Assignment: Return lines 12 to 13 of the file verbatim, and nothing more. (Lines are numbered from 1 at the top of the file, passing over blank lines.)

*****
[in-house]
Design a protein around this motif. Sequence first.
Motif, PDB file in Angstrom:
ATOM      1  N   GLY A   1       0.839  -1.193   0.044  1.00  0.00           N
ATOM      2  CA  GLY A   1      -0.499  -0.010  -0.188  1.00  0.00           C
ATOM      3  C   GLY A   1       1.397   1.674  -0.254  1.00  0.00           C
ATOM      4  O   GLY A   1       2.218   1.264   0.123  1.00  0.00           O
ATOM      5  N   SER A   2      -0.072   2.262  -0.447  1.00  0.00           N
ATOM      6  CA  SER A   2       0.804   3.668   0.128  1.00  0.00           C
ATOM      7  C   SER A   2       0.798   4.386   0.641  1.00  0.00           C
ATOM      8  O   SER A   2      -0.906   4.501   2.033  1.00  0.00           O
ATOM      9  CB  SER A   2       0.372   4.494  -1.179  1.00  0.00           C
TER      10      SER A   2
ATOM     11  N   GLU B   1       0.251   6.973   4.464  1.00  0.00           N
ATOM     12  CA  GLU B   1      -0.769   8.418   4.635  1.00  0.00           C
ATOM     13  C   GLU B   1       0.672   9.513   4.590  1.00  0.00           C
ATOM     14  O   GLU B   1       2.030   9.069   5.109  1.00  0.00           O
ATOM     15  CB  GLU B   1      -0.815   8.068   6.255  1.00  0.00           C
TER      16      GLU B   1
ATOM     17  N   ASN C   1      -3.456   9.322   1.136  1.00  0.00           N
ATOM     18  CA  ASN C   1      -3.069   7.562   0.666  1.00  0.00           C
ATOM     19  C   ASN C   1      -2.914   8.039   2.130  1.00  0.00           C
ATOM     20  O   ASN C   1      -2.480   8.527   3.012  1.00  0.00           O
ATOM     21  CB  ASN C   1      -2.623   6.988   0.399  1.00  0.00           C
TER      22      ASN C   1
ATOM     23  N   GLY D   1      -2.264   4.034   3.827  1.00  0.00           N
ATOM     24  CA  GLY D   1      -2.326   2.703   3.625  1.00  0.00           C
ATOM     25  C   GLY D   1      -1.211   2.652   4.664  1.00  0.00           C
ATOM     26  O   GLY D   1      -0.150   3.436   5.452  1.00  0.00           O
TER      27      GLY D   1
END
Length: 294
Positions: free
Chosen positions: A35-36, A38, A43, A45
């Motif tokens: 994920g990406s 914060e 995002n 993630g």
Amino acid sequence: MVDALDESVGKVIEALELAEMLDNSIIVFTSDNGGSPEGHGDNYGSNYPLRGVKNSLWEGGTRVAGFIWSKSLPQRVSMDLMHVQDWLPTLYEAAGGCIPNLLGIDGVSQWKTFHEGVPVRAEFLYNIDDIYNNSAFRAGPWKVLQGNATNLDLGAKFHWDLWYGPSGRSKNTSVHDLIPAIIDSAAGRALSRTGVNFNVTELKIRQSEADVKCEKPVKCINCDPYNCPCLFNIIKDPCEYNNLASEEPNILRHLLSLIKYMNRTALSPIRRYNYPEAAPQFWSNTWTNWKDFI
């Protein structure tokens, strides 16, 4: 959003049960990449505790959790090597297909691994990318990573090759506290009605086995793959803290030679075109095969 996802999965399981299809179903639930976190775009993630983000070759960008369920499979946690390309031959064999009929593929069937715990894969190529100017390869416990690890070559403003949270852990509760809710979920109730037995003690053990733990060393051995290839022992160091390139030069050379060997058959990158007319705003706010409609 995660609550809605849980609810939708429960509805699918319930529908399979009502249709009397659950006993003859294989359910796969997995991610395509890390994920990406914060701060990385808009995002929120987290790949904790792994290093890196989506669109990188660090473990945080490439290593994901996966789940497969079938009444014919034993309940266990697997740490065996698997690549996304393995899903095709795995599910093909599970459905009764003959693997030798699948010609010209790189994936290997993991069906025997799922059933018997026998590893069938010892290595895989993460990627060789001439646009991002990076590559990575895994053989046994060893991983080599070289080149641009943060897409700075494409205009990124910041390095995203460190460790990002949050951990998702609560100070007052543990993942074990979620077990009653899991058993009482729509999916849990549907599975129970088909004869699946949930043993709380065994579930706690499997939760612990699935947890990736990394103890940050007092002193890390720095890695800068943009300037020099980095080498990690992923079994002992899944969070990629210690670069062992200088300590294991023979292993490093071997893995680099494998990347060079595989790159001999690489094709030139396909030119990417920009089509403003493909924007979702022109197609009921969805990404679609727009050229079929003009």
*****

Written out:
ATOM      9  CB  SER A   2       0.372   4.494  -1.179  1.00  0.00           C
TER      10      SER A   2